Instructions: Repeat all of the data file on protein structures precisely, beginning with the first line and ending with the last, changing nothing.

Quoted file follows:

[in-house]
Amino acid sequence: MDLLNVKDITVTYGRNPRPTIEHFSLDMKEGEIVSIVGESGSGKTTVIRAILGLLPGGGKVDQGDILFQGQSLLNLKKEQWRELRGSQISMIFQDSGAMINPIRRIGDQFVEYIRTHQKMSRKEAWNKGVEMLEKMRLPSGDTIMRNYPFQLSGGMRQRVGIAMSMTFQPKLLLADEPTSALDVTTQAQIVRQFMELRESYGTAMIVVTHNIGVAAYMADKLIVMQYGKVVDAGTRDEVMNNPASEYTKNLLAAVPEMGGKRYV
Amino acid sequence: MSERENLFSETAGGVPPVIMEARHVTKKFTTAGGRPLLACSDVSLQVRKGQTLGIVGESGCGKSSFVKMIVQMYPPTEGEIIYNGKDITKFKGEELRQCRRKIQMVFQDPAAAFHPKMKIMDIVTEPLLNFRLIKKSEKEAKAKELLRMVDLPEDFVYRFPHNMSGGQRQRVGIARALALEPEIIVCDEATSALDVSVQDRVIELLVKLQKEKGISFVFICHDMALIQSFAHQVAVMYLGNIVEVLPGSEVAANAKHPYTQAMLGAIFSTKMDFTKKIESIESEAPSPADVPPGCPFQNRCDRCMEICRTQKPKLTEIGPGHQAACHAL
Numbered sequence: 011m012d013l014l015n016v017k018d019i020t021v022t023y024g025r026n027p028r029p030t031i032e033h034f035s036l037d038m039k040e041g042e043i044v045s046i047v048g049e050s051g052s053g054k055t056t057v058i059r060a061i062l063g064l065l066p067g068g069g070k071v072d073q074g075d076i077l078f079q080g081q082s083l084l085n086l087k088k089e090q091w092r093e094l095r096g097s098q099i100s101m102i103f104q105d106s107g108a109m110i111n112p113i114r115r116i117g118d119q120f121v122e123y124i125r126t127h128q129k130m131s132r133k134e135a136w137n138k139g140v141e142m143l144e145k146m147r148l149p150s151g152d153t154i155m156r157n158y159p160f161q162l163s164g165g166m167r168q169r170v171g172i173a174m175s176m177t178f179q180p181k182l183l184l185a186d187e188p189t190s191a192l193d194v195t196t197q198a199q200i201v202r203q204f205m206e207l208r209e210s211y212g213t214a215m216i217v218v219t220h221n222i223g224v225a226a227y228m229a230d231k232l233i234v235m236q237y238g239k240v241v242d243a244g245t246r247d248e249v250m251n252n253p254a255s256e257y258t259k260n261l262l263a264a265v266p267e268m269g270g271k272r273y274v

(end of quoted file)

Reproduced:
[in-house]
Amino acid sequence: MDLLNVKDITVTYGRNPRPTIEHFSLDMKEGEIVSIVGESGSGKTTVIRAILGLLPGGGKVDQGDILFQGQSLLNLKKEQWRELRGSQISMIFQDSGAMINPIRRIGDQFVEYIRTHQKMSRKEAWNKGVEMLEKMRLPSGDTIMRNYPFQLSGGMRQRVGIAMSMTFQPKLLLADEPTSALDVTTQAQIVRQFMELRESYGTAMIVVTHNIGVAAYMADKLIVMQYGKVVDAGTRDEVMNNPASEYTKNLLAAVPEMGGKRYV
Amino acid sequence: MSERENLFSETAGGVPPVIMEARHVTKKFTTAGGRPLLACSDVSLQVRKGQTLGIVGESGCGKSSFVKMIVQMYPPTEGEIIYNGKDITKFKGEELRQCRRKIQMVFQDPAAAFHPKMKIMDIVTEPLLNFRLIKKSEKEAKAKELLRMVDLPEDFVYRFPHNMSGGQRQRVGIARALALEPEIIVCDEATSALDVSVQDRVIELLVKLQKEKGISFVFICHDMALIQSFAHQVAVMYLGNIVEVLPGSEVAANAKHPYTQAMLGAIFSTKMDFTKKIESIESEAPSPADVPPGCPFQNRCDRCMEICRTQKPKLTEIGPGHQAACHAL
Numbered sequence: 011m012d013l014l015n016v017k018d019i020t021v022t023y024g025r026n027p028r029p030t031i032e033h034f035s036l037d038m039k040e041g042e043i044v045s046i047v048g049e050s051g052s053g054k055t056t057v058i059r060a061i062l063g064l065l066p067g068g069g070k071v072d073q074g075d076i077l078f079q080g081q082s083l084l085n086l087k088k089e090q091w092r093e094l095r096g097s098q099i100s101m102i103f104q105d106s107g108a109m110i111n112p113i114r115r116i117g118d119q120f121v122e123y124i125r126t127h128q129k130m131s132r133k134e135a136w137n138k139g140v141e142m143l144e145k146m147r148l149p150s151g152d153t154i155m156r157n158y159p160f161q162l163s164g165g166m167r168q169r170v171g172i173a174m175s176m177t178f179q180p181k182l183l184l185a186d187e188p189t190s191a192l193d194v195t196t197q198a199q200i201v202r203q204f205m206e207l208r209e210s211y212g213t214a215m216i217v218v219t220h221n222i223g224v225a226a227y228m229a230d231k232l233i234v235m236q237y238g239k240v241v242d243a244g245t246r247d248e249v250m251n252n253p254a255s256e257y258t259k260n261l262l263a264a265v266p267e268m269g270g271k272r273y274v